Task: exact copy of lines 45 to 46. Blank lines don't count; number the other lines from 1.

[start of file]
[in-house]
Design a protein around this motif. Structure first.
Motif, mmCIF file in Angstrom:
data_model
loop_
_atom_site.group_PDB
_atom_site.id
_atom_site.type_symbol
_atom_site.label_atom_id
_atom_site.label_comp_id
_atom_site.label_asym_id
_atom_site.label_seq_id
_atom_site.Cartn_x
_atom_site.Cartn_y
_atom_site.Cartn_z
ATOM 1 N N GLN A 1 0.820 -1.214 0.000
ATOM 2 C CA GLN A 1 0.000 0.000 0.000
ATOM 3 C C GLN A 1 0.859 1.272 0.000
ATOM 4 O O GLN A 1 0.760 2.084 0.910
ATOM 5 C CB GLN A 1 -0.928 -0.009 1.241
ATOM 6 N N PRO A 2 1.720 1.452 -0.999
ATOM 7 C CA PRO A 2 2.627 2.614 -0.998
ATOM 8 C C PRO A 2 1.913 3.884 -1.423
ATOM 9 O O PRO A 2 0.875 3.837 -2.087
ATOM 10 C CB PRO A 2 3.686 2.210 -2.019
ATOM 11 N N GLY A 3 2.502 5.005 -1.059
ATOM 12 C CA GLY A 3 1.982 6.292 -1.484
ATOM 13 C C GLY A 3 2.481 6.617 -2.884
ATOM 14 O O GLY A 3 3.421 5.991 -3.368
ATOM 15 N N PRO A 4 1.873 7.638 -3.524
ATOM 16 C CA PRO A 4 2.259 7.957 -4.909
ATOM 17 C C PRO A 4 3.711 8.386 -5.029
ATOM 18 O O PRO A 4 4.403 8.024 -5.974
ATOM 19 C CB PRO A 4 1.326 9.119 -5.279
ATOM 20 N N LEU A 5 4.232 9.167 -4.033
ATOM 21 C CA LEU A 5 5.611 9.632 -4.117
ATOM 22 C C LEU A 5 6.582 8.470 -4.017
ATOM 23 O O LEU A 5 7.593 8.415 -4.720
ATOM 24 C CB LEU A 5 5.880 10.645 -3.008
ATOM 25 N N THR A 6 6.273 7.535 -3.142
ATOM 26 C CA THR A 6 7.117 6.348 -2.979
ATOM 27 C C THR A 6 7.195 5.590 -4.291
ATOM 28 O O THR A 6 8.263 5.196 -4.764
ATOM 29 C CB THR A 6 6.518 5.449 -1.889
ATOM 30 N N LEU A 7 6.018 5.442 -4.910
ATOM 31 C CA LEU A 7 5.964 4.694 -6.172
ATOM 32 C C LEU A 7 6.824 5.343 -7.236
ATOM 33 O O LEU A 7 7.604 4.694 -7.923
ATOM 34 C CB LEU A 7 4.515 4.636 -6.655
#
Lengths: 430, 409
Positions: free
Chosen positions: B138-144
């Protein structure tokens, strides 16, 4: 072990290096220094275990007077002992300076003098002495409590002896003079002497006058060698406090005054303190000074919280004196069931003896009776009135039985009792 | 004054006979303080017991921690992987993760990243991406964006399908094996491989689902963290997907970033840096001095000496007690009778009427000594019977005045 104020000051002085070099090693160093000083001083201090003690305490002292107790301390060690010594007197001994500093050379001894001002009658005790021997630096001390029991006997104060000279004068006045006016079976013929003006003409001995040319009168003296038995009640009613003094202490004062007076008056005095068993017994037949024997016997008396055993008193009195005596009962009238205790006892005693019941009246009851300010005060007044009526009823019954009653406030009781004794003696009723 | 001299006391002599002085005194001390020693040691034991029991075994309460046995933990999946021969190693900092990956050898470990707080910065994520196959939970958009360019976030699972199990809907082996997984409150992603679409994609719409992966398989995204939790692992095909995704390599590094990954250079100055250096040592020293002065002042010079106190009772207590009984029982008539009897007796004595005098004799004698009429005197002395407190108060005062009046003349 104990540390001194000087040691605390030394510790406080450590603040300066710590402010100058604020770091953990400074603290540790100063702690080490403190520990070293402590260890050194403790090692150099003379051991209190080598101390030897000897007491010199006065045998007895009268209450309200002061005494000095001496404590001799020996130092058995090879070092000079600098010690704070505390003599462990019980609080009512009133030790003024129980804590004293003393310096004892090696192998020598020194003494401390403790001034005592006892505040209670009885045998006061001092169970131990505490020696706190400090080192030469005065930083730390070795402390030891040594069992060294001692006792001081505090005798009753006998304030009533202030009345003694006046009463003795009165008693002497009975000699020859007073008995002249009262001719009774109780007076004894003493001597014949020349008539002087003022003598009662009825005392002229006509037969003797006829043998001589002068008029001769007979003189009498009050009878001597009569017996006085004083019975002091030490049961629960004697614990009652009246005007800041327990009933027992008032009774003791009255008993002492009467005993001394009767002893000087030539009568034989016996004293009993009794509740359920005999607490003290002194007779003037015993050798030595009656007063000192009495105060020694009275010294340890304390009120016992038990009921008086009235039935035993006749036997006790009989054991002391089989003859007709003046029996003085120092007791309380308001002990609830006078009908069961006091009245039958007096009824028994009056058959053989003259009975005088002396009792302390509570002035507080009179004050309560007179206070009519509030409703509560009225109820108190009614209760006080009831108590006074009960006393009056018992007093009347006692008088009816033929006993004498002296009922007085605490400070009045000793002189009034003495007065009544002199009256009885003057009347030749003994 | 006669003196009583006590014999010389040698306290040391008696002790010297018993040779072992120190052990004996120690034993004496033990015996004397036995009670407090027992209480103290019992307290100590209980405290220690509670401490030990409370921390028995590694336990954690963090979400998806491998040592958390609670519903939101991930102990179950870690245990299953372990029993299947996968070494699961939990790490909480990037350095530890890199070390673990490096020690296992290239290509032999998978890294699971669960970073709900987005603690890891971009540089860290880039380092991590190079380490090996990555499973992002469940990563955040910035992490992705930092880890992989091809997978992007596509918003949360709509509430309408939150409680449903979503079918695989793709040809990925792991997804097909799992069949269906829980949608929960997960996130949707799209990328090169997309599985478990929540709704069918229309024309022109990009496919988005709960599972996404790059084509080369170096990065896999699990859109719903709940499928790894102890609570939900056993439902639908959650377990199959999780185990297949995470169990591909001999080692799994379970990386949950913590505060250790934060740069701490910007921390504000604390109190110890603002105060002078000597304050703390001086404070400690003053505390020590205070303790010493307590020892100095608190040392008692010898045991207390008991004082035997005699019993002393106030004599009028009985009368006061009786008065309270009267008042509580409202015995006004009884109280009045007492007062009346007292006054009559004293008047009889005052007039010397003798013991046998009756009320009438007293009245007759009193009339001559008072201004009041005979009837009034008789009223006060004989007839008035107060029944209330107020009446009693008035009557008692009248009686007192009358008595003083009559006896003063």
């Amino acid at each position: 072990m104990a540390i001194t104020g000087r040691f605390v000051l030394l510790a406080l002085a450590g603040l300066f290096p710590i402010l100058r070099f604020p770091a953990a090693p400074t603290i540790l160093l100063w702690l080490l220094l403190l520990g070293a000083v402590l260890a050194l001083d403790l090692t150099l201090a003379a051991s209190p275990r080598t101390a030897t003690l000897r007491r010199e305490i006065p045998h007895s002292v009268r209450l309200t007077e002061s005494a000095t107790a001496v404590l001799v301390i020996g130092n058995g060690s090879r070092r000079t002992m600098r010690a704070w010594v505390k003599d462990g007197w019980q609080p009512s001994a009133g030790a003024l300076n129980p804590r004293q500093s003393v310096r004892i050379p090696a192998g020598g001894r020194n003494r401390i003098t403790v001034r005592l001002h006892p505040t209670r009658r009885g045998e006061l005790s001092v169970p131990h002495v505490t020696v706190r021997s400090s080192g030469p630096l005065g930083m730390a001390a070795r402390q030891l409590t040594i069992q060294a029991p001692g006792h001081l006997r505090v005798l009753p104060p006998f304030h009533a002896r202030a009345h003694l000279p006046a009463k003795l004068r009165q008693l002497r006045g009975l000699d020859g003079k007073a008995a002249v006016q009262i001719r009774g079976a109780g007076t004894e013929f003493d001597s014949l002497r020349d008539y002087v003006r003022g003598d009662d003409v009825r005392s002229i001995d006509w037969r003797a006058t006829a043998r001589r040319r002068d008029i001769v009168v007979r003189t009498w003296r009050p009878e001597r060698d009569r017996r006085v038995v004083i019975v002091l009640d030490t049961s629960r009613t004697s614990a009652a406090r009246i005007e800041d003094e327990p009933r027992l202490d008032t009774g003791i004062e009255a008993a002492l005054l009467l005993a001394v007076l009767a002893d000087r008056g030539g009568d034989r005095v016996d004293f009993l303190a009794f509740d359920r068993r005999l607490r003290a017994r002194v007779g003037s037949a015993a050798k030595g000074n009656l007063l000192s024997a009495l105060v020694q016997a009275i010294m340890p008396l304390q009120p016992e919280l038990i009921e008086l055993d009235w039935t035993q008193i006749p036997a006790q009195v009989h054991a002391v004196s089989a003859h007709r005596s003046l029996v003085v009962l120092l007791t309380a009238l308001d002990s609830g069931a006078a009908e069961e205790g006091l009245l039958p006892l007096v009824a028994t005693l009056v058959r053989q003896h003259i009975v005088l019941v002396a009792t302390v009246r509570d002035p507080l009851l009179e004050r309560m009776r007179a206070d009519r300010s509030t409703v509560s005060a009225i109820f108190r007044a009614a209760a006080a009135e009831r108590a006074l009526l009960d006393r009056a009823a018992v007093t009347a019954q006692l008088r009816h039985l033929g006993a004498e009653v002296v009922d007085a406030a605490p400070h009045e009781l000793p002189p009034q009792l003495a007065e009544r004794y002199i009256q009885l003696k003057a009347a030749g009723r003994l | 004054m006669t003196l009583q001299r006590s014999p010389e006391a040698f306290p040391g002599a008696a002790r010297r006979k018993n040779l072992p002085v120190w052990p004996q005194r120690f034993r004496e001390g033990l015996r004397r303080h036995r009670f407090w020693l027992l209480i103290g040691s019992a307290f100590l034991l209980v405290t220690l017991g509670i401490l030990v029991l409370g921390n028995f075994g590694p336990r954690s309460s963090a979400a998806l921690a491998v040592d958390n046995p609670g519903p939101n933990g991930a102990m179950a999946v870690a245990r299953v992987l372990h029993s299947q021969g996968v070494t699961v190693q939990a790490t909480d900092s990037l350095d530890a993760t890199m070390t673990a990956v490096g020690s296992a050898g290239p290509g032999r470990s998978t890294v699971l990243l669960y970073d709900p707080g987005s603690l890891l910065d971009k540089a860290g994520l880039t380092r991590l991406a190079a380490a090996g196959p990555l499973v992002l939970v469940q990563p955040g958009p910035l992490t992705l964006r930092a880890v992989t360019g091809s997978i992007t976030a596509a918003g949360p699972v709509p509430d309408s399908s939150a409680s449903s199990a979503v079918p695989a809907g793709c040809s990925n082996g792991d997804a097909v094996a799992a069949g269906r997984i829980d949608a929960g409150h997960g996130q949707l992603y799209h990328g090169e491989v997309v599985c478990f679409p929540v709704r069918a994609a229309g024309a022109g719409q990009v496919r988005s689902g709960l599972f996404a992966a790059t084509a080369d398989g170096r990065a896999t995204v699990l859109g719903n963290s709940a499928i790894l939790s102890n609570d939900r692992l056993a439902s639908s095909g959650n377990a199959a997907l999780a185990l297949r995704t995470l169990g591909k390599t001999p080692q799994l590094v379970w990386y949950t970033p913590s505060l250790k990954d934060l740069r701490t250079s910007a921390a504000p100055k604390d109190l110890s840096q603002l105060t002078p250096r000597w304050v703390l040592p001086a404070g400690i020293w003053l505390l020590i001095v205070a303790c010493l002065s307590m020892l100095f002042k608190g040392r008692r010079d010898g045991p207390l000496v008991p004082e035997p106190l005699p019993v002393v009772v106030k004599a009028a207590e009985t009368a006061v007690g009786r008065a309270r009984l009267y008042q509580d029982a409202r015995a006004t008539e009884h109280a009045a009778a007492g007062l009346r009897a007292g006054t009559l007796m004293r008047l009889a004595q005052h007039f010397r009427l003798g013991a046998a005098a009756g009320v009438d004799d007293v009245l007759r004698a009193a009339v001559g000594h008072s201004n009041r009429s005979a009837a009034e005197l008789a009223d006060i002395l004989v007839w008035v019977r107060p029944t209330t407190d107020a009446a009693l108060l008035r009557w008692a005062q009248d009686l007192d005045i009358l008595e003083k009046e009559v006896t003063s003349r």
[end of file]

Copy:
ATOM 30 N N LEU A 7 6.018 5.442 -4.910
ATOM 31 C CA LEU A 7 5.964 4.694 -6.172